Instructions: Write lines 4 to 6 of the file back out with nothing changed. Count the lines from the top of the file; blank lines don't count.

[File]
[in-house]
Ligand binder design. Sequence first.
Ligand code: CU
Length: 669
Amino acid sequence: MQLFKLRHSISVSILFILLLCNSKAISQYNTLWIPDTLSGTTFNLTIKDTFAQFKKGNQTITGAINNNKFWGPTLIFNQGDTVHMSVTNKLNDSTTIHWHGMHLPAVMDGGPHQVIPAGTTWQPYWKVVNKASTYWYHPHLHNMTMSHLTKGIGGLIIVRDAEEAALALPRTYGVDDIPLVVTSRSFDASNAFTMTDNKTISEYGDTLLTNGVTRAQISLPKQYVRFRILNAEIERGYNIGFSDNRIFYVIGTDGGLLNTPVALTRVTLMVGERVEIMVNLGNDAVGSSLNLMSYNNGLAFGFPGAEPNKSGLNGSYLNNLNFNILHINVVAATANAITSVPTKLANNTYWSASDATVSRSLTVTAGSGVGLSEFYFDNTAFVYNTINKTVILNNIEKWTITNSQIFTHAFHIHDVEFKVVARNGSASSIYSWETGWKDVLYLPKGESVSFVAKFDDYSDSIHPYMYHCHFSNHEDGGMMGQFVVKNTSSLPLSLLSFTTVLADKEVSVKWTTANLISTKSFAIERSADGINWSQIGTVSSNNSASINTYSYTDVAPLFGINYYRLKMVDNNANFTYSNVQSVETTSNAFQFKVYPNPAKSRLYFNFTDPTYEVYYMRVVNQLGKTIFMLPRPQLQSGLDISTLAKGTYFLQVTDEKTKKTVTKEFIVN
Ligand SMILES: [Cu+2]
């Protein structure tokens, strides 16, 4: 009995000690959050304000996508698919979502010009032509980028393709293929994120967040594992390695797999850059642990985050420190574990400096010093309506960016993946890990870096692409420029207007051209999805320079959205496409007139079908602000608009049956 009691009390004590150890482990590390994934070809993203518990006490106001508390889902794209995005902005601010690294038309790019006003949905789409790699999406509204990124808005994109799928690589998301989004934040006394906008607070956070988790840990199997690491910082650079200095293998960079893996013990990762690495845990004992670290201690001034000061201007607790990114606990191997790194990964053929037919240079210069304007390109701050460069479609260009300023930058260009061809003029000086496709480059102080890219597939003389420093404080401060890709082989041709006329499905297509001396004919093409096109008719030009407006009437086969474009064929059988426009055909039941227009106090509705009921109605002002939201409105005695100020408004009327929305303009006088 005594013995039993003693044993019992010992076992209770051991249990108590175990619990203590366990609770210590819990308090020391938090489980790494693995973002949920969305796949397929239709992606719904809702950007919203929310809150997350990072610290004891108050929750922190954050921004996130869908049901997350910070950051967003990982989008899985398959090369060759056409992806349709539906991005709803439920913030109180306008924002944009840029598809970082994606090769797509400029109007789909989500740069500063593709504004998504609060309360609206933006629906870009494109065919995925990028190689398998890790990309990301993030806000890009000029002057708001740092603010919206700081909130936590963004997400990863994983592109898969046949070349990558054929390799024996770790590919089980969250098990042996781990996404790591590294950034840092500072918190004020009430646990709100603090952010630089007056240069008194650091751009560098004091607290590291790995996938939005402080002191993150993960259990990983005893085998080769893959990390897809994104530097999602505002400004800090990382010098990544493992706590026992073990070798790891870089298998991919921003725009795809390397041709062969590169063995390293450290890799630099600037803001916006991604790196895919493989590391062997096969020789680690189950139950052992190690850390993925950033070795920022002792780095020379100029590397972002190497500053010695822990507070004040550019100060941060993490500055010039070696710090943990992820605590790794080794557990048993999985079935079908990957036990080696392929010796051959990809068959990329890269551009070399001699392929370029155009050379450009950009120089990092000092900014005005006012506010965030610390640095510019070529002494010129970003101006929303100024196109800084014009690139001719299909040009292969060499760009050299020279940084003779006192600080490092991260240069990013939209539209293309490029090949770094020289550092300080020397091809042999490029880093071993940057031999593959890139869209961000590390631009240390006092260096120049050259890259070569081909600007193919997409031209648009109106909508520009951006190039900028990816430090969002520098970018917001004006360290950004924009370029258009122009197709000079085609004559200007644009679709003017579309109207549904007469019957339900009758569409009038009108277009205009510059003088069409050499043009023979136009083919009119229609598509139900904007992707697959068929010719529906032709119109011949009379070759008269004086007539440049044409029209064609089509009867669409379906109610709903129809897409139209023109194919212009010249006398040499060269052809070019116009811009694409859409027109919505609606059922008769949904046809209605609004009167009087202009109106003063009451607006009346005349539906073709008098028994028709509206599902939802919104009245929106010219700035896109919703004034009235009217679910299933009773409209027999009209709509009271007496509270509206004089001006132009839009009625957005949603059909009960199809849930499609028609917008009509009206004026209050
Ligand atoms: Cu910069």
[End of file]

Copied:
Length: 669
Amino acid sequence: MQLFKLRHSISVSILFILLLCNSKAISQYNTLWIPDTLSGTTFNLTIKDTFAQFKKGNQTITGAINNNKFWGPTLIFNQGDTVHMSVTNKLNDSTTIHWHGMHLPAVMDGGPHQVIPAGTTWQPYWKVVNKASTYWYHPHLHNMTMSHLTKGIGGLIIVRDAEEAALALPRTYGVDDIPLVVTSRSFDASNAFTMTDNKTISEYGDTLLTNGVTRAQISLPKQYVRFRILNAEIERGYNIGFSDNRIFYVIGTDGGLLNTPVALTRVTLMVGERVEIMVNLGNDAVGSSLNLMSYNNGLAFGFPGAEPNKSGLNGSYLNNLNFNILHINVVAATANAITSVPTKLANNTYWSASDATVSRSLTVTAGSGVGLSEFYFDNTAFVYNTINKTVILNNIEKWTITNSQIFTHAFHIHDVEFKVVARNGSASSIYSWETGWKDVLYLPKGESVSFVAKFDDYSDSIHPYMYHCHFSNHEDGGMMGQFVVKNTSSLPLSLLSFTTVLADKEVSVKWTTANLISTKSFAIERSADGINWSQIGTVSSNNSASINTYSYTDVAPLFGINYYRLKMVDNNANFTYSNVQSVETTSNAFQFKVYPNPAKSRLYFNFTDPTYEVYYMRVVNQLGKTIFMLPRPQLQSGLDISTLAKGTYFLQVTDEKTKKTVTKEFIVN
Ligand SMILES: [Cu+2]